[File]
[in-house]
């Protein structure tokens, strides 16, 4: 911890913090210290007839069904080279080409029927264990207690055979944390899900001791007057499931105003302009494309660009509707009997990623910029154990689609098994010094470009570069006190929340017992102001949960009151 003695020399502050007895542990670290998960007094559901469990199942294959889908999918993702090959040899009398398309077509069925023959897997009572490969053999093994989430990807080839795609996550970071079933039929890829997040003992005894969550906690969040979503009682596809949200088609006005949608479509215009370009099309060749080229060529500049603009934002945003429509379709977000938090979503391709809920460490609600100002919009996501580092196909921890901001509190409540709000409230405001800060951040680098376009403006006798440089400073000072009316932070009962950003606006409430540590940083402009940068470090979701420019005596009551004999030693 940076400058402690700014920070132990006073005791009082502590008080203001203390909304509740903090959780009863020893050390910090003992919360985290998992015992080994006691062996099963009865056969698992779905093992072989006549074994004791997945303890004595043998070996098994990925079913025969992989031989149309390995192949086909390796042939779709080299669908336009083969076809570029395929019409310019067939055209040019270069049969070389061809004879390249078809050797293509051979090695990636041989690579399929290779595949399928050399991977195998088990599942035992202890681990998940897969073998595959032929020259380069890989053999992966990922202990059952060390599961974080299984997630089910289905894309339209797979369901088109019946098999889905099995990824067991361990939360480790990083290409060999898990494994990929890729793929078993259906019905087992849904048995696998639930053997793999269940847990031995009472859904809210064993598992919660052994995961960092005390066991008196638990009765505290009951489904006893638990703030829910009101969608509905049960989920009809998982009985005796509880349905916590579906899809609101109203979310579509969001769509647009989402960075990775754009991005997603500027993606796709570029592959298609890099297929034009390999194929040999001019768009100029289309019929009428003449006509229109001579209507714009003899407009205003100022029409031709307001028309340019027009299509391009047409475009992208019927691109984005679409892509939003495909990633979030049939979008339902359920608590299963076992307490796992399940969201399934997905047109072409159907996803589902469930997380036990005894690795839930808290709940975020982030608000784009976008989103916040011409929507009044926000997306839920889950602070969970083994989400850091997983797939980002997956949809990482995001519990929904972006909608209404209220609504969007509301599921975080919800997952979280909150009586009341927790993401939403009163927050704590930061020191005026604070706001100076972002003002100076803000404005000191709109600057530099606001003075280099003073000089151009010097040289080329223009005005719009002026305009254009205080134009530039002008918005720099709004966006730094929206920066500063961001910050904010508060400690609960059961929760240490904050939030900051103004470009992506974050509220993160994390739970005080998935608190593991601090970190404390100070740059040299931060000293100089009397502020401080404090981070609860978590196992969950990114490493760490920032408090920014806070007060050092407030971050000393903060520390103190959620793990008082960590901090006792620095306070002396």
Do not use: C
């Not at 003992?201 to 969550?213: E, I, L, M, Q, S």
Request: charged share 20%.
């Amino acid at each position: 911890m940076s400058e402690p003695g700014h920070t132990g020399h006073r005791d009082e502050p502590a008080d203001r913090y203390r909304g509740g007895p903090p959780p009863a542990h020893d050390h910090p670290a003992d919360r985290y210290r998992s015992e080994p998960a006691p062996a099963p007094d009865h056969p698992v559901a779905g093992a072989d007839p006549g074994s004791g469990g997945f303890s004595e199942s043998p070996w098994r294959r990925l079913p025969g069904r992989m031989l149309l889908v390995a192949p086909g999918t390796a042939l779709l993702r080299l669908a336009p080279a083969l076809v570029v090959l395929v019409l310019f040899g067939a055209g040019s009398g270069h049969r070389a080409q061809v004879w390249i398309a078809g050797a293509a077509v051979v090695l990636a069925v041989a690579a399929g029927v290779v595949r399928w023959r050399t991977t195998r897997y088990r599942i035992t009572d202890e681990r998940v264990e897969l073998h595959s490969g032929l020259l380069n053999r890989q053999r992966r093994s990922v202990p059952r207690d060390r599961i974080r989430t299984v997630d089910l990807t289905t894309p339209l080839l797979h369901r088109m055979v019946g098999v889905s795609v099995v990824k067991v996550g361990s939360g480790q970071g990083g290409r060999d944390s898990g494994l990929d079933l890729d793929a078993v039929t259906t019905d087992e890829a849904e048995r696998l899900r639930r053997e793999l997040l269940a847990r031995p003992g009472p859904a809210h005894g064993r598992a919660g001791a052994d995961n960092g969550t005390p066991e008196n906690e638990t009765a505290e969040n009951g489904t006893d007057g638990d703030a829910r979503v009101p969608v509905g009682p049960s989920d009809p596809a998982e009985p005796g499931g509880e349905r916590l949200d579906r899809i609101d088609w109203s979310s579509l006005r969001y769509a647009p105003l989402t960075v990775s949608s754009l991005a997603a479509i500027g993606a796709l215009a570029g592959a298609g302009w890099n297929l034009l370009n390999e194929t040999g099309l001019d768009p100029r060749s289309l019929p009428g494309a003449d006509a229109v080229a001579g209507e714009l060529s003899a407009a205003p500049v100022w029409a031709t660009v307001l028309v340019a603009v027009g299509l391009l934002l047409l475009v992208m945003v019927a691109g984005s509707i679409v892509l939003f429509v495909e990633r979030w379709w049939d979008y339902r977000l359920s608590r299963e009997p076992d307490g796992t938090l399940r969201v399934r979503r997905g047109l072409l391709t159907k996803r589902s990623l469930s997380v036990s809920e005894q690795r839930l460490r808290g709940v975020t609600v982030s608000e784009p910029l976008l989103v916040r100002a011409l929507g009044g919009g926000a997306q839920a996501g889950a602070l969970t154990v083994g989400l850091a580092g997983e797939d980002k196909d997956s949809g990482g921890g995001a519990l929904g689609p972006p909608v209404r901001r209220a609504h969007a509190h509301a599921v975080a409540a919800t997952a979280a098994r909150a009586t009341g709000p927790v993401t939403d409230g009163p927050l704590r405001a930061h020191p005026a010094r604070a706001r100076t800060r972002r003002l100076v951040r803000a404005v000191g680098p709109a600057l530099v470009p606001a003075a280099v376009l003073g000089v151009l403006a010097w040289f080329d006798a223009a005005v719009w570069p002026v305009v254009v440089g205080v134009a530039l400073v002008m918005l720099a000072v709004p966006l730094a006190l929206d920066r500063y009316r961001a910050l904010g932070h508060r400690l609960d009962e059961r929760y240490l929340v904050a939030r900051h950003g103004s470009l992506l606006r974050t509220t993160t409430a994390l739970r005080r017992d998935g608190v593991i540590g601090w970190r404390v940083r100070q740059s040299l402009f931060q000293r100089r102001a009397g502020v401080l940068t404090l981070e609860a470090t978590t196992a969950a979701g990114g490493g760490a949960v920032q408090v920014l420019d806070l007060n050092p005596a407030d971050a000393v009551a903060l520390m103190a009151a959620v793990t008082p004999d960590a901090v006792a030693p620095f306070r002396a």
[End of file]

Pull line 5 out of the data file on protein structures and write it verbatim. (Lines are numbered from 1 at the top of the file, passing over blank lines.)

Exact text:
Request: charged share 20%.